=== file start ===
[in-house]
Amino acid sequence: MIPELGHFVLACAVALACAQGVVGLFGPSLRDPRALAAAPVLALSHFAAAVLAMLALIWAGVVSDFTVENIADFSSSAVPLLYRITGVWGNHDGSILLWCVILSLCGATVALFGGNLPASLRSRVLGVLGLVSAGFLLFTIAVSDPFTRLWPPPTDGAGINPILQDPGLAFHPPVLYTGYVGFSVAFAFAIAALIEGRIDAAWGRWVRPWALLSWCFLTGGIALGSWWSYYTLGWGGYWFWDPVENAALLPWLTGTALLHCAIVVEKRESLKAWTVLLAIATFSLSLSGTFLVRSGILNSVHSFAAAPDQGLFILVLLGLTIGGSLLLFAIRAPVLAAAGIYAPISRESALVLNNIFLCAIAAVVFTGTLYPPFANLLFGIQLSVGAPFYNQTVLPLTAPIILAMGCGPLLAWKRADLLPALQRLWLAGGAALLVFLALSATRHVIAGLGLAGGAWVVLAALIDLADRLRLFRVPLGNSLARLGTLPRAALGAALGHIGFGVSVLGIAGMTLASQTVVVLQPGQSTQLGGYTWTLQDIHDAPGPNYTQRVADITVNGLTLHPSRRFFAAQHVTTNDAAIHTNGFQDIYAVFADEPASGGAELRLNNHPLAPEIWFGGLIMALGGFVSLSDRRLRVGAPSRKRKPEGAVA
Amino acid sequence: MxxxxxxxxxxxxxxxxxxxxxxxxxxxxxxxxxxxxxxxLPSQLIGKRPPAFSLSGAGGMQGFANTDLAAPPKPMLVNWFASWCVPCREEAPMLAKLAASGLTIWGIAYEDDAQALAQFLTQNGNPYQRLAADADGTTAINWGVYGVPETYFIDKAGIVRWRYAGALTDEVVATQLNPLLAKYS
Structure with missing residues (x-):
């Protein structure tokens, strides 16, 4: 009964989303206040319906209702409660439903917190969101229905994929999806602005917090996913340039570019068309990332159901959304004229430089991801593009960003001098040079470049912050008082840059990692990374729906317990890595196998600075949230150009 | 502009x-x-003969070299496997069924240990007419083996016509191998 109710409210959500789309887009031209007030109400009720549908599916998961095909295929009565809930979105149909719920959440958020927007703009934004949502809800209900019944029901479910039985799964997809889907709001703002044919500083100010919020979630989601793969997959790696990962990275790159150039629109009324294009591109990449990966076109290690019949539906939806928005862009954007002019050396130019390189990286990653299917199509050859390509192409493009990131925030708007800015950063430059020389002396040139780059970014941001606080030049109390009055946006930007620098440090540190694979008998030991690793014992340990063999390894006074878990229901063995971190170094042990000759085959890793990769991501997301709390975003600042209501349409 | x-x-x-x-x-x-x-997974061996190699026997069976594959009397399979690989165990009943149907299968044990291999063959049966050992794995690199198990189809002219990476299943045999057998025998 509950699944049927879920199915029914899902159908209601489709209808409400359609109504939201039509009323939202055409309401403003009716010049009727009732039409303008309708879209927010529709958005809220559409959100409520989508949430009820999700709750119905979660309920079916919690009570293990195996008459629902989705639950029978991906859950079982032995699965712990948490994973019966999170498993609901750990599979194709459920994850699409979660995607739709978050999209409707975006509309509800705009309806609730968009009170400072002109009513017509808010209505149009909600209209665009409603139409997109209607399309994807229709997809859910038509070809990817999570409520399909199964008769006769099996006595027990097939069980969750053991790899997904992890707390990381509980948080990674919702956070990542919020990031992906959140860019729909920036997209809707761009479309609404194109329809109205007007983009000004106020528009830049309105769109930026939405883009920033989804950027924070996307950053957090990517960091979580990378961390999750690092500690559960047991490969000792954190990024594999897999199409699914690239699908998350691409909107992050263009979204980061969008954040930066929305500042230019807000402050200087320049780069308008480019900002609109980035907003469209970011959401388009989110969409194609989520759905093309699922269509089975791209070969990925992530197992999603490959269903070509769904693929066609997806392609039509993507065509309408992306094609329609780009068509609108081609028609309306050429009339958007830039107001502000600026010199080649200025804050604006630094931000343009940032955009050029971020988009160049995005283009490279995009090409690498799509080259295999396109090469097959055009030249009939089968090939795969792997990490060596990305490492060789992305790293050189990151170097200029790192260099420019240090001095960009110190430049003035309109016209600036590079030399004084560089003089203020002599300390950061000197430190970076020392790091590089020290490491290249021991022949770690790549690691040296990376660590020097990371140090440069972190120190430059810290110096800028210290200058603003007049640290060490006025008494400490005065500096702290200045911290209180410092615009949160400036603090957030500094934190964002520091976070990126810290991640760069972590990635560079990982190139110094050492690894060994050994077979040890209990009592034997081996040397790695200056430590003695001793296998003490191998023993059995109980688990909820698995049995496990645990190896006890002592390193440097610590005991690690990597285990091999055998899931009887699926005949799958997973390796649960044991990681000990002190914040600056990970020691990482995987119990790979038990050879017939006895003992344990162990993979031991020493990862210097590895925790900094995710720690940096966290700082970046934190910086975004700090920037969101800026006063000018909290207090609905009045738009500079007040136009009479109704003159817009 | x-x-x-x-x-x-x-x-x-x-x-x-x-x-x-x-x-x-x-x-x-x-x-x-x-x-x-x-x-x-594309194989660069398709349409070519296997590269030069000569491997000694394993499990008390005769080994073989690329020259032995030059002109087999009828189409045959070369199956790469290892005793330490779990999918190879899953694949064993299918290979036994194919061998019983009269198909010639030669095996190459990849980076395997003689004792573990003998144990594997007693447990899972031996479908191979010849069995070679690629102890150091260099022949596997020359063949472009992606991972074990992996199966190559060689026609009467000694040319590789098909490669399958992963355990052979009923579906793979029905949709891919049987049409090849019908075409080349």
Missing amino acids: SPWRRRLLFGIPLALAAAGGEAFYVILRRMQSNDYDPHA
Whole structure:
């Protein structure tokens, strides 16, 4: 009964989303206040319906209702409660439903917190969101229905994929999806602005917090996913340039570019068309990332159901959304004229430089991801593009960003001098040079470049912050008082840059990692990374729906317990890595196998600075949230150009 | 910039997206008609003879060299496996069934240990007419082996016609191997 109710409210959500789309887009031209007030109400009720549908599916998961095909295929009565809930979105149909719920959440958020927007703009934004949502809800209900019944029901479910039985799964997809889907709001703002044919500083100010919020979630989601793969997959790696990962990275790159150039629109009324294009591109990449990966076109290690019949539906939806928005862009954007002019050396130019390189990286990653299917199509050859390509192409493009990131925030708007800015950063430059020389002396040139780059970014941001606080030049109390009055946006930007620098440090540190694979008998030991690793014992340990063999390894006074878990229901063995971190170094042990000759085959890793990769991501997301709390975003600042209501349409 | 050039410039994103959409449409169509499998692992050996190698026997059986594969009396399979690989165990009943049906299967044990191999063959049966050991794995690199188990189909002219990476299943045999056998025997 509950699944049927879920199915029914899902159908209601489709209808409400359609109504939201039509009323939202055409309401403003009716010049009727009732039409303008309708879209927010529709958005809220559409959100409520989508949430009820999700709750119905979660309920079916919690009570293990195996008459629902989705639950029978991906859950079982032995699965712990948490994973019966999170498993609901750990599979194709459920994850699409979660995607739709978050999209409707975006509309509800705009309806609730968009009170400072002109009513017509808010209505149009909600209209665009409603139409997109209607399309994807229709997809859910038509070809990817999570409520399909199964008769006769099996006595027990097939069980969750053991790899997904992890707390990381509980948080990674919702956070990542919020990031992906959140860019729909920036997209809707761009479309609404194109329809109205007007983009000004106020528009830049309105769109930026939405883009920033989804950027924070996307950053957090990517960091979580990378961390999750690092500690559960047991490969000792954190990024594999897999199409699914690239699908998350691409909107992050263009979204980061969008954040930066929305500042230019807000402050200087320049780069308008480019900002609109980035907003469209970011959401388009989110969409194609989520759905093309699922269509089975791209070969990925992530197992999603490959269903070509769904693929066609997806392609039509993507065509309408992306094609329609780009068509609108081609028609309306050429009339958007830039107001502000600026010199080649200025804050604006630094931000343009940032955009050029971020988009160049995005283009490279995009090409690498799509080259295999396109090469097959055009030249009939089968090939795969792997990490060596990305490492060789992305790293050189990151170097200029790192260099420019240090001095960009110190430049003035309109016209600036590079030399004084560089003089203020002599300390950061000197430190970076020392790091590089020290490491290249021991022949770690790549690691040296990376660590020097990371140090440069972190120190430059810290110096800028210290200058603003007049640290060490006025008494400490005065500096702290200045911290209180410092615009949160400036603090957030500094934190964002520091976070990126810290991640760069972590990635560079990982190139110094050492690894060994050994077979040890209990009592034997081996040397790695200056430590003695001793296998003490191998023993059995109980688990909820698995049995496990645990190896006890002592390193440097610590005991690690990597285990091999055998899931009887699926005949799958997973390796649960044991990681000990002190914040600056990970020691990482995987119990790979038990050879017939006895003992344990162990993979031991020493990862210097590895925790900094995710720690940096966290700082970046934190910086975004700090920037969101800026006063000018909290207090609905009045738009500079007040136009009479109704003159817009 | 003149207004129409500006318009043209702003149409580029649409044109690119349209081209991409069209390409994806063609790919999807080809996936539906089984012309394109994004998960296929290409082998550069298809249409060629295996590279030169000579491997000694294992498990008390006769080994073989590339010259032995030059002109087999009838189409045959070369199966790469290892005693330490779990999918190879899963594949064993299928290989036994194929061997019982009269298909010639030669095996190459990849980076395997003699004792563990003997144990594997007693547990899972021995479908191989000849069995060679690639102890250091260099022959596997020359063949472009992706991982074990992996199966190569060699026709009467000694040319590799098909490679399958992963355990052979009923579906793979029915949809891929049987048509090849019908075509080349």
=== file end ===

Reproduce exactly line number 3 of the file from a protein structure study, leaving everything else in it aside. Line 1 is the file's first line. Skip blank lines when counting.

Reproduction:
Amino acid sequence: MxxxxxxxxxxxxxxxxxxxxxxxxxxxxxxxxxxxxxxxLPSQLIGKRPPAFSLSGAGGMQGFANTDLAAPPKPMLVNWFASWCVPCREEAPMLAKLAASGLTIWGIAYEDDAQALAQFLTQNGNPYQRLAADADGTTAINWGVYGVPETYFIDKAGIVRWRYAGALTDEVVATQLNPLLAKYS